To examine the potential association of keratin expression on CTCs with patient outcome, the median keratin intensity on CTCs was determined using the values obtained from all CTCs detected by the use of the CellSearch System. Each individual CTC was classified as “high” or “low” according to the median keratin value; the keratin levels on CTCs were correlated with tumor characteristics. Patients with more than 50% of CTCs being “high” were characterized as “high keratin, HK”, whereas those with more than 50% of CTCs below the median value were designated as “low keratin, LK”. The two groups (HK and LK) were compared in terms of patient characteristics and overall survival.
All analyses were performed using the SPSS20 program.
Immunofluorescence assay: intensity calibration and linearity of the detection system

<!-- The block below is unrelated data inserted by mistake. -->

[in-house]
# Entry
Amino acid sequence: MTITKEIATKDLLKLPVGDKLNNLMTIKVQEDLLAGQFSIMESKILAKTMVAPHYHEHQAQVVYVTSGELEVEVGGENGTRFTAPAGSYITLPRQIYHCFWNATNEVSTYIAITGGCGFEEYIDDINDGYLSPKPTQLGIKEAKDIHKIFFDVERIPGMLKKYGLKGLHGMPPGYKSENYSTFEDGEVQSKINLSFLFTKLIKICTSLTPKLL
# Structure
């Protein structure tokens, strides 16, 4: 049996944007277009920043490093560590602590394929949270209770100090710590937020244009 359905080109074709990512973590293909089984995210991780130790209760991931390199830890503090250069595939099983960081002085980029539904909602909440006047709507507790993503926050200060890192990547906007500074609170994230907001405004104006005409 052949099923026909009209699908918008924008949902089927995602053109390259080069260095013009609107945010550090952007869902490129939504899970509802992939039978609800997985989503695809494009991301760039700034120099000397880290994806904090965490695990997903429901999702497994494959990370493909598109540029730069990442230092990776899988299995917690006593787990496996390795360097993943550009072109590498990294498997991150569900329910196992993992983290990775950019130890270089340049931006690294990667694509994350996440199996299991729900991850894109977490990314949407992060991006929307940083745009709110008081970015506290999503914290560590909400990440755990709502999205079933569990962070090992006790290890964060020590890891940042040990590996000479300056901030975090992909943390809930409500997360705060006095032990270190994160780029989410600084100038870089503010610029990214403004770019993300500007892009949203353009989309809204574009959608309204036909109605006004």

In order to establish an assay which would allow the effective measurement of fluorescence of epithelial and mesenchymal markers, we first determined the confocal settings in the range of which linearity of fluorescent measurements is maintained. For this purpose, we utilized beads of different fluorescence intensities (Focal Check Fluorescence Microscope Test Slide 1, F36909, Invitrogen), and captured a series of images at different laser settings. Fluorescence intensity was calculated with the use of ImageJ. Figure 1A shows the relative intensity curves obtained in different Photomultiplier (PMT) settings. Fluorescence intensity was practically linear up to 550 volts, indicating an effective and proportional measurement efficiency of both low and high intensity pixels under these adjustments. In order to assess whether the fluorescence intensity of pixels in cells under examination is included into the fluorescent limits of our standard curves, we analyzed the keratin expression in “epithelial” and “mesenchymal” breast cancer cell lines by measuring the mean intensity of the fluorescently labeled area of the cells (CTCF/area). Using cytospin preparations of MCF-7, T47D, MDA.MB231 and Hs578T cells, we found that the fluorescence values of all cells examined are distributed within the limits of the standard curve demonstrating that under these conditions low, moderate and high expression levels of keratin can be evaluated and compared (Figure 1B).